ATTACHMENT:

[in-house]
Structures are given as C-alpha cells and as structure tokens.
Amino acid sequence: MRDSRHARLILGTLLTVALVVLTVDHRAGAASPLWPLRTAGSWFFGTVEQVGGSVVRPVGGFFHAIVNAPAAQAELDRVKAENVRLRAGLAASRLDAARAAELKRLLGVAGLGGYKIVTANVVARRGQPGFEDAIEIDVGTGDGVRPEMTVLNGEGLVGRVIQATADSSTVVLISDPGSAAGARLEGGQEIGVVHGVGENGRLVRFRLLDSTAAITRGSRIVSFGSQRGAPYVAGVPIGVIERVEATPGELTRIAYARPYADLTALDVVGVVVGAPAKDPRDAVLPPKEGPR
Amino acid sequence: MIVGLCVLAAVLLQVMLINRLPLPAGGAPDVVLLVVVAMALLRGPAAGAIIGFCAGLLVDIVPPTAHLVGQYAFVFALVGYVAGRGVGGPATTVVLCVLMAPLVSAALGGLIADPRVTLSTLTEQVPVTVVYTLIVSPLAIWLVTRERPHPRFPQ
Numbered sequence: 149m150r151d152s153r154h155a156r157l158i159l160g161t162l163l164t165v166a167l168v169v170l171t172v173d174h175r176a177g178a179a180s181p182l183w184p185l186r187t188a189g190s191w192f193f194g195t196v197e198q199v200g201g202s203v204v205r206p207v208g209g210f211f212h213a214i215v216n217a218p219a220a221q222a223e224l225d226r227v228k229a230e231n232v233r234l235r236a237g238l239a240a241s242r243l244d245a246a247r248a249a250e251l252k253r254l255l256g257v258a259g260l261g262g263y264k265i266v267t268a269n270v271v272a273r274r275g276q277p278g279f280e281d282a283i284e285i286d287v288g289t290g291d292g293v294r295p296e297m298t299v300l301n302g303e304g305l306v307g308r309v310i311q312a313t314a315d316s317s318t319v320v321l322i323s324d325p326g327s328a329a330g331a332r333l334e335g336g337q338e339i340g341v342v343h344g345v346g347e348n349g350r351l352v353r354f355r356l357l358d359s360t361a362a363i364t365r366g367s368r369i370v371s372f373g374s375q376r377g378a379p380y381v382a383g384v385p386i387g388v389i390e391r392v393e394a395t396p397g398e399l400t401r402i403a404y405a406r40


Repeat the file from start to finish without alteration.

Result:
[in-house]
Structures are given as C-alpha cells and as structure tokens.
Amino acid sequence: MRDSRHARLILGTLLTVALVVLTVDHRAGAASPLWPLRTAGSWFFGTVEQVGGSVVRPVGGFFHAIVNAPAAQAELDRVKAENVRLRAGLAASRLDAARAAELKRLLGVAGLGGYKIVTANVVARRGQPGFEDAIEIDVGTGDGVRPEMTVLNGEGLVGRVIQATADSSTVVLISDPGSAAGARLEGGQEIGVVHGVGENGRLVRFRLLDSTAAITRGSRIVSFGSQRGAPYVAGVPIGVIERVEATPGELTRIAYARPYADLTALDVVGVVVGAPAKDPRDAVLPPKEGPR
Amino acid sequence: MIVGLCVLAAVLLQVMLINRLPLPAGGAPDVVLLVVVAMALLRGPAAGAIIGFCAGLLVDIVPPTAHLVGQYAFVFALVGYVAGRGVGGPATTVVLCVLMAPLVSAALGGLIADPRVTLSTLTEQVPVTVVYTLIVSPLAIWLVTRERPHPRFPQ
Numbered sequence: 149m150r151d152s153r154h155a156r157l158i159l160g161t162l163l164t165v166a167l168v169v170l171t172v173d174h175r176a177g178a179a180s181p182l183w184p185l186r187t188a189g190s191w192f193f194g195t196v197e198q199v200g201g202s203v204v205r206p207v208g209g210f211f212h213a214i215v216n217a218p219a220a221q222a223e224l225d226r227v228k229a230e231n232v233r234l235r236a237g238l239a240a241s242r243l244d245a246a247r248a249a250e251l252k253r254l255l256g257v258a259g260l261g262g263y264k265i266v267t268a269n270v271v272a273r274r275g276q277p278g279f280e281d282a283i284e285i286d287v288g289t290g291d292g293v294r295p296e297m298t299v300l301n302g303e304g305l306v307g308r309v310i311q312a313t314a315d316s317s318t319v320v321l322i323s324d325p326g327s328a329a330g331a332r333l334e335g336g337q338e339i340g341v342v343h344g345v346g347e348n349g350r351l352v353r354f355r356l357l358d359s360t361a362a363i364t365r366g367s368r369i370v371s372f373g374s375q376r377g378a379p380y381v382a383g384v385p386i387g388v389i390e391r392v393e394a395t396p397g398e399l400t401r402i403a404y405a406r40